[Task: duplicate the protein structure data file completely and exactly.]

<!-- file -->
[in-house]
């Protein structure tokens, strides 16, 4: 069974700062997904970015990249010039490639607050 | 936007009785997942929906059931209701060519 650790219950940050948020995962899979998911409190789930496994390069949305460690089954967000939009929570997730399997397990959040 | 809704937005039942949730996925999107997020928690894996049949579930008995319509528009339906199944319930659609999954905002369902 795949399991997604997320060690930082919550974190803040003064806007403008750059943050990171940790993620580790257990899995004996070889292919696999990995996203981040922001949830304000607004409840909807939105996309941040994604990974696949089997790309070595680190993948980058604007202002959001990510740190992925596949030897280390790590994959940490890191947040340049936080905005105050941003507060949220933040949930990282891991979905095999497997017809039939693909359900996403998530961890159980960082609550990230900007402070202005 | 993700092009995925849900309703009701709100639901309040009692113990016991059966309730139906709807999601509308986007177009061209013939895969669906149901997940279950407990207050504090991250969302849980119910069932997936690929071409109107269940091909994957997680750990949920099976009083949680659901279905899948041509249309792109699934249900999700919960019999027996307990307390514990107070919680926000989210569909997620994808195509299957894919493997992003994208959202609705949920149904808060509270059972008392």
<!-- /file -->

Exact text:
[in-house]
């Protein structure tokens, strides 16, 4: 069974700062997904970015990249010039490639607050 | 936007009785997942929906059931209701060519 650790219950940050948020995962899979998911409190789930496994390069949305460690089954967000939009929570997730399997397990959040 | 809704937005039942949730996925999107997020928690894996049949579930008995319509528009339906199944319930659609999954905002369902 795949399991997604997320060690930082919550974190803040003064806007403008750059943050990171940790993620580790257990899995004996070889292919696999990995996203981040922001949830304000607004409840909807939105996309941040994604990974696949089997790309070595680190993948980058604007202002959001990510740190992925596949030897280390790590994959940490890191947040340049936080905005105050941003507060949220933040949930990282891991979905095999497997017809039939693909359900996403998530961890159980960082609550990230900007402070202005 | 993700092009995925849900309703009701709100639901309040009692113990016991059966309730139906709807999601509308986007177009061209013939895969669906149901997940279950407990207050504090991250969302849980119910069932997936690929071409109107269940091909994957997680750990949920099976009083949680659901279905899948041509249309792109699934249900999700919960019999027996307990307390514990107070919680926000989210569909997620994808195509299957894919493997992003994208959202609705949920149904808060509270059972008392």